Sunday, 30 March 2014

Life in Post-war Birmingham - Part Two



 

           
Me in my patriotic red, white and blue dress
While we were living in Birmingham,
I went to George Dixon Junior School, situated on the other side of Hagley Road, Edgbaston, which I had to cross twice daily. There were no lollipop men or women then and Hagley Road was, as I suppose it still is, one of the busiest roads in Birmingham. Neither was I escorted as today’s children are. We made our own to and from school. It was a typical Victorian school with classrooms leading off a large assembly hall. The only clear memory I have of the place was being rapped with a ruler over the knuckles by one of the more stern teachers for some misdemeanour I hadn’t done but took the blame for. Oh, and some sort of Victory celebration. All of us had to take portions of margarine, sugar and dried eggs from our rations to school, to be made up into buns. Mum made me a dress especially for the occasion, blue and white stripes with red piping. Very patriotic it was!
            For some reason I didn’t understand at the time, rationing was even more severe after the war and it continued long into the Fifties. It was only many years later that I learned it was because of the need to feed the starving Germans in the British Occupied Zone and the fact that our own country was virtually bankrupt after the war. Bread, which hadn’t been rationed during the war, was rationed afterwards for the same reason. I remember once being sent for our loaf ration to the bakers on Hagley Road. I wandered back, dawdling and day-dreaming as I was wont to do, while nibbling the crusty bits off the loaf. Mum was not pleased. Hardest of all for us children was the fact that sweets were also on ration with something like a miserly 2 ozs allowed per person per week. We used to make do with a mixture of cocoa and sugar into which we dipped a finger damp with spit. I discovered that if you put a touch of custard powder in, it gave the mixture a smoother taste and took away some of the bitterness of the cocoa.
            In January and February 1947, we experienced the coldest weather anyone could ever remember. The whole country was hit by power cuts and we lived our lives by candlelight and bathed in the regulation 4inches of water. The piercing and unrelieved cold was matched by the Cold War as Communism clamped unmercifully down in Europe. They were days of unremitting austerity when only the spivs grew rich on the black market and certain goods were available only under the counter. I tasted my first banana in 1947 when Mum managed to obtain some by just such means. I didn’t know what it was but it tasted delicious.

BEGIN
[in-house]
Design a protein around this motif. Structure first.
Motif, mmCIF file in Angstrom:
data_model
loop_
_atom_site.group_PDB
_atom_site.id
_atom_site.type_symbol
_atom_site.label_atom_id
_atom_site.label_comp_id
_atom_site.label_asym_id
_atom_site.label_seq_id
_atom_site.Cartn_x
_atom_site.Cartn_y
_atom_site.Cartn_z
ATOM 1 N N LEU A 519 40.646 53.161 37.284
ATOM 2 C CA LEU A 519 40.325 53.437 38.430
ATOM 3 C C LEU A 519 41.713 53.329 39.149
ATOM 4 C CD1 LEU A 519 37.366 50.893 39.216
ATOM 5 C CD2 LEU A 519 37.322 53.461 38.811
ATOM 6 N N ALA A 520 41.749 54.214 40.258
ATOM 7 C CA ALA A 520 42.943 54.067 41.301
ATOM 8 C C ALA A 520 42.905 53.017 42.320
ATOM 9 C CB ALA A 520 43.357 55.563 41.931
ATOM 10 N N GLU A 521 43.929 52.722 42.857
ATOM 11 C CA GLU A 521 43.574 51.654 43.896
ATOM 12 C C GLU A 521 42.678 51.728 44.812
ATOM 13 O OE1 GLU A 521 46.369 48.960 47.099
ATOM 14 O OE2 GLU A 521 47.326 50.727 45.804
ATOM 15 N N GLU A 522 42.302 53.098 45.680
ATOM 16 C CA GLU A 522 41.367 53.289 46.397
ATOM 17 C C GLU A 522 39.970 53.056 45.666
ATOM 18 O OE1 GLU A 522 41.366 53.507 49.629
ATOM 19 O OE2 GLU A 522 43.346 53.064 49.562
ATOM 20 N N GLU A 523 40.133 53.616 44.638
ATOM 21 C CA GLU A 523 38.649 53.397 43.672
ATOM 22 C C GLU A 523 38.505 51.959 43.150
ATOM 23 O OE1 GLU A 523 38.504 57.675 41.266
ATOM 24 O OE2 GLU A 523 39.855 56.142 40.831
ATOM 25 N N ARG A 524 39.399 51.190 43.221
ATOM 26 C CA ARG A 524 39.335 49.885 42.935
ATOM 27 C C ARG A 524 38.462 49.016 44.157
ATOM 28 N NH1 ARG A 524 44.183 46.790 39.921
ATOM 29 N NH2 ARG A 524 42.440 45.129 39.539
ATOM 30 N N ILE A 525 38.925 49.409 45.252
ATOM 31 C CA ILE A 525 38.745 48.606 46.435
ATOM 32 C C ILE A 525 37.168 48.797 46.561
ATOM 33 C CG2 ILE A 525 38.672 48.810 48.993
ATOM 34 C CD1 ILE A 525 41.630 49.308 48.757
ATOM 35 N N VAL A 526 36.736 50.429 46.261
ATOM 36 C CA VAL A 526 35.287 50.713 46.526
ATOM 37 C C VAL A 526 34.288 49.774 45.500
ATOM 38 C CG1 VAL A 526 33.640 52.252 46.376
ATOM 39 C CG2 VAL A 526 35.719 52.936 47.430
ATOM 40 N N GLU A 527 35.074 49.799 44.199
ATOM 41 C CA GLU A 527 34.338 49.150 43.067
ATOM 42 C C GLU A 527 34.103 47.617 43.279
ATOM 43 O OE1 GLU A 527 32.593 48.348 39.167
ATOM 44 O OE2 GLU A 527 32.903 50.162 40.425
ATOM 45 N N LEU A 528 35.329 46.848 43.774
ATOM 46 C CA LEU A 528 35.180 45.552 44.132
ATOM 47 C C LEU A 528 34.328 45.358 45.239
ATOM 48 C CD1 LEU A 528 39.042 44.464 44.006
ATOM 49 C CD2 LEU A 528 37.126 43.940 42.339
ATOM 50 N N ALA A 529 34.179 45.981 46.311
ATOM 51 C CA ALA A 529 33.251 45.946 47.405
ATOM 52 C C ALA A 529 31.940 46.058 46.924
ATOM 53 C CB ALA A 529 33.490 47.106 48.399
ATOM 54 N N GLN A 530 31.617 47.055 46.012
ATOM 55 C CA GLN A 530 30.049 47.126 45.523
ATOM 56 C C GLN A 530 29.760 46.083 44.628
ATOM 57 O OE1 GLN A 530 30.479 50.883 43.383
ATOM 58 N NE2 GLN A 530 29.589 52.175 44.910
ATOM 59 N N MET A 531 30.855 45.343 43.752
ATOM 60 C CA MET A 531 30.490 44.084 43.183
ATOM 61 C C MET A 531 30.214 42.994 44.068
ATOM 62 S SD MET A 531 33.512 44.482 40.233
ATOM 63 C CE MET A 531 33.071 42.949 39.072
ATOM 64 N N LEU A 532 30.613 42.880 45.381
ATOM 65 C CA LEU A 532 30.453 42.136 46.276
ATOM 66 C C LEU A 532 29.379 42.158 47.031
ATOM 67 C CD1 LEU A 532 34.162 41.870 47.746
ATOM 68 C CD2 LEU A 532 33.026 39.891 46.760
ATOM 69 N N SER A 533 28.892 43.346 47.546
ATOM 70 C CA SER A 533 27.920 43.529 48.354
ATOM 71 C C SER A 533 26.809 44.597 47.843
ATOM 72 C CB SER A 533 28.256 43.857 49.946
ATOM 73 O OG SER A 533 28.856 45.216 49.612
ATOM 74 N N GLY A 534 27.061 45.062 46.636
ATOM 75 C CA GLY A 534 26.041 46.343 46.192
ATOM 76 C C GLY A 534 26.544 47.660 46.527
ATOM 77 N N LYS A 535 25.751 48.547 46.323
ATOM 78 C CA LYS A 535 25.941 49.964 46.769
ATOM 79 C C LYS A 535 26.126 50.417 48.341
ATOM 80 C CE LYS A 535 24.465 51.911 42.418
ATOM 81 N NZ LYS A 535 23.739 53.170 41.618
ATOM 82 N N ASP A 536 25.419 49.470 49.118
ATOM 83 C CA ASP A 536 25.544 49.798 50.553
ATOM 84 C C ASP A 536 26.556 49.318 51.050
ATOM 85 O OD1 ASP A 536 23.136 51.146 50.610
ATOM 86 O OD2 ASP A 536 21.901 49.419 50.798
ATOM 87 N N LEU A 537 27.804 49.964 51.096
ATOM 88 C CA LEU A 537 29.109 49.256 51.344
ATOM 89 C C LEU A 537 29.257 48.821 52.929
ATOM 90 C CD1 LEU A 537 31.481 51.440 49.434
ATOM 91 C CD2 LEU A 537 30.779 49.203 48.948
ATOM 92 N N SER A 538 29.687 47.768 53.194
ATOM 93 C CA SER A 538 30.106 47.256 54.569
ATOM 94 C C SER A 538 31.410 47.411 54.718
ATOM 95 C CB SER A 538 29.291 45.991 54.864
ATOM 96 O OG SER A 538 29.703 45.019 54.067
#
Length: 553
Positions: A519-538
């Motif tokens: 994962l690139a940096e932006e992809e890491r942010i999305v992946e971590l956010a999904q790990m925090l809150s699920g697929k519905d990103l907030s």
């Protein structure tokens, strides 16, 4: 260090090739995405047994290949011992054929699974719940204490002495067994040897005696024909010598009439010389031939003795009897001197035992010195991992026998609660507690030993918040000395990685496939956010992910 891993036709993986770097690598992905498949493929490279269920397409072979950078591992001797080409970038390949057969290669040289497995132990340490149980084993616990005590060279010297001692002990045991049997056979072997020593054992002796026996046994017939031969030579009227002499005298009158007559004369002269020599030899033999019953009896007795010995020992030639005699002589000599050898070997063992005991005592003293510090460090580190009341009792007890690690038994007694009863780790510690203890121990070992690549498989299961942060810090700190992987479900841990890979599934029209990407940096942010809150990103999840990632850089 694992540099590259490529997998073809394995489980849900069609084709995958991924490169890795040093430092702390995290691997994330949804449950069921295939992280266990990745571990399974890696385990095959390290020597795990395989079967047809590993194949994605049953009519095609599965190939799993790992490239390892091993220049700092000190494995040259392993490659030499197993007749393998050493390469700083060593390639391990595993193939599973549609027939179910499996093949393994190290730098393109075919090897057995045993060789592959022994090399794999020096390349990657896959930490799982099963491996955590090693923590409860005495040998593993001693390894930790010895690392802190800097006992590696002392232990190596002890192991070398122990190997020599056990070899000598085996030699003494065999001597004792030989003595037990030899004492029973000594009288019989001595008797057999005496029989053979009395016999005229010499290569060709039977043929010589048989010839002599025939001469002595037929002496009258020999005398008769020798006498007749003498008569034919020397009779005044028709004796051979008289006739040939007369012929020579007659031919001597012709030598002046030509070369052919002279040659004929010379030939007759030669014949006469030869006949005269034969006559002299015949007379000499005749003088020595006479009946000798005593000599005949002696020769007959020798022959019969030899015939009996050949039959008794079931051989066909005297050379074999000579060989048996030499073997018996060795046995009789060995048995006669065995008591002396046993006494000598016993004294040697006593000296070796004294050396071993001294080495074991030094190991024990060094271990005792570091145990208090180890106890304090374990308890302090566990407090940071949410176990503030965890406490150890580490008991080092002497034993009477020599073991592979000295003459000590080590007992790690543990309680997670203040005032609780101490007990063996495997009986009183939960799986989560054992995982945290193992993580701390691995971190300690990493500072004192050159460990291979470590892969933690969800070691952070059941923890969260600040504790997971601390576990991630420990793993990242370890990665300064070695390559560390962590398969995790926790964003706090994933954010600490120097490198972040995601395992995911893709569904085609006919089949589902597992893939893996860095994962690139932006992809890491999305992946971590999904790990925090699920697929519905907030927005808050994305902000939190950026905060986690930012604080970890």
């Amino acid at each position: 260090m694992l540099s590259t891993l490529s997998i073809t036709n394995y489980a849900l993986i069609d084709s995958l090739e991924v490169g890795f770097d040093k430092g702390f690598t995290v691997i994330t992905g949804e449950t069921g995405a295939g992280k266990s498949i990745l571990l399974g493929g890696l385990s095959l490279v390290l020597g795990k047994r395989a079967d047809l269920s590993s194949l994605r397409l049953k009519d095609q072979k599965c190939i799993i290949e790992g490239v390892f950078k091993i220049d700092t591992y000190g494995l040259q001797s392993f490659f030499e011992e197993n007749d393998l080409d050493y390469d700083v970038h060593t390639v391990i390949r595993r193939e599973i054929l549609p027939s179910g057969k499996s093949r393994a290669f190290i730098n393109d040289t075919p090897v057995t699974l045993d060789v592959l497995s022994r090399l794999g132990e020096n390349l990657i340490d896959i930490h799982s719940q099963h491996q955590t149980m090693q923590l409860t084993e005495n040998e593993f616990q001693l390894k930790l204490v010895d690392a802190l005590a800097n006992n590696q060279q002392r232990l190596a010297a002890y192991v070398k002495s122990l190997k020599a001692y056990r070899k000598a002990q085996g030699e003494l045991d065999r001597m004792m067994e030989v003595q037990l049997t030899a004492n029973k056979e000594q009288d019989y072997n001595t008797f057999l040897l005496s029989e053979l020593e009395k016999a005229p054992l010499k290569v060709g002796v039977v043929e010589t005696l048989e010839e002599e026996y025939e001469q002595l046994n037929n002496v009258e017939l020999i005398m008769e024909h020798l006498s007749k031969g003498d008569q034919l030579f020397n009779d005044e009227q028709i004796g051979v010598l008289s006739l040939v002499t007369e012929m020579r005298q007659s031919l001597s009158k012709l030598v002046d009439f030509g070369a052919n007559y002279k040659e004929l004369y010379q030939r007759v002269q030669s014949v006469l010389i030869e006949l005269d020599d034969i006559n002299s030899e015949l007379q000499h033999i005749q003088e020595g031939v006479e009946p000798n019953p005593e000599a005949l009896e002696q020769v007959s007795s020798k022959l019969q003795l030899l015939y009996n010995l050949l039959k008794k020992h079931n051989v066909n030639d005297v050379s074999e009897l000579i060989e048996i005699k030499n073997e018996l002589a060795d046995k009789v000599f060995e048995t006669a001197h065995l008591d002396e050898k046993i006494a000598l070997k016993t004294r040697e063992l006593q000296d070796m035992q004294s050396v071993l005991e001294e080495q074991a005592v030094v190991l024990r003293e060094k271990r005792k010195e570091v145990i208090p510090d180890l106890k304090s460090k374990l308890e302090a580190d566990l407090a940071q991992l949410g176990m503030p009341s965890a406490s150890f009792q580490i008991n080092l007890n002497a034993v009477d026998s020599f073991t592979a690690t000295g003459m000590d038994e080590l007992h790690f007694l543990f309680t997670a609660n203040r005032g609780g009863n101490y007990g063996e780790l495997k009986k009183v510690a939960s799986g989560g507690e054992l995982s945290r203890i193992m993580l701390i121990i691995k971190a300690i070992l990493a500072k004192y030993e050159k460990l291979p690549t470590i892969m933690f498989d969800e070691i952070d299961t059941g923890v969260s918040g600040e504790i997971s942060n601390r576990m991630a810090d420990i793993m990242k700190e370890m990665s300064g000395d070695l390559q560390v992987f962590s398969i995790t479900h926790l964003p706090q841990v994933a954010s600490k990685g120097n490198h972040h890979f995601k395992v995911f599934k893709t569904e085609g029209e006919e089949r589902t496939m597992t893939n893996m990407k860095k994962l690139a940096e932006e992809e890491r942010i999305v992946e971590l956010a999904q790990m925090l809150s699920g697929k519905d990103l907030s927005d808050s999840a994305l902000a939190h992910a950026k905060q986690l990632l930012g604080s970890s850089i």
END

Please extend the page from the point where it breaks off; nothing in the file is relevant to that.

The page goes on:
Yet comparatively speaking, these were fortunate days for the Williams family for we often dined on Mr Barclay’s left-overs. Before I was 8, I had developed a taste for smoked salmon which I have never lost, though I never did like oysters or caviar. Most people were making do on a miserly 8d of meat per week, a scrape of margarine, and dried eggs, still very much the staple diet. There were dozens of different ways to serve them, thanks to the plentiful, ‘Tips for Healthy Eating’ from the Ministry of Food. Or was it the Ministry of Health?
            Although petrol was also rationed, Mr Barclay was allocated extra because of his disability and let Dad have the use of the car occasionally. Mum and Dad were allowed one day off a week, usually a Thursday, and they used to meet me from school, take me into town to have some tea at a cafĂ© somewhere. Then we’d go on to either the cinema or the theatre. My love of both was born out these very special treats although my first real experience of the cinema terrified me. We’d gone to see Judy Garland in ‘The Wizard of Oz’ and I cried so much when the Wicked Witch of the West came on that my parents had to take out of the cinema. Yet on another occasion, when we’d been to see Judy Holliday in ‘Stand Up As She Goes,’ I loved it so much, I didn’t want to leave and remember standing in the darkened aisle begging to be allowed to see it again.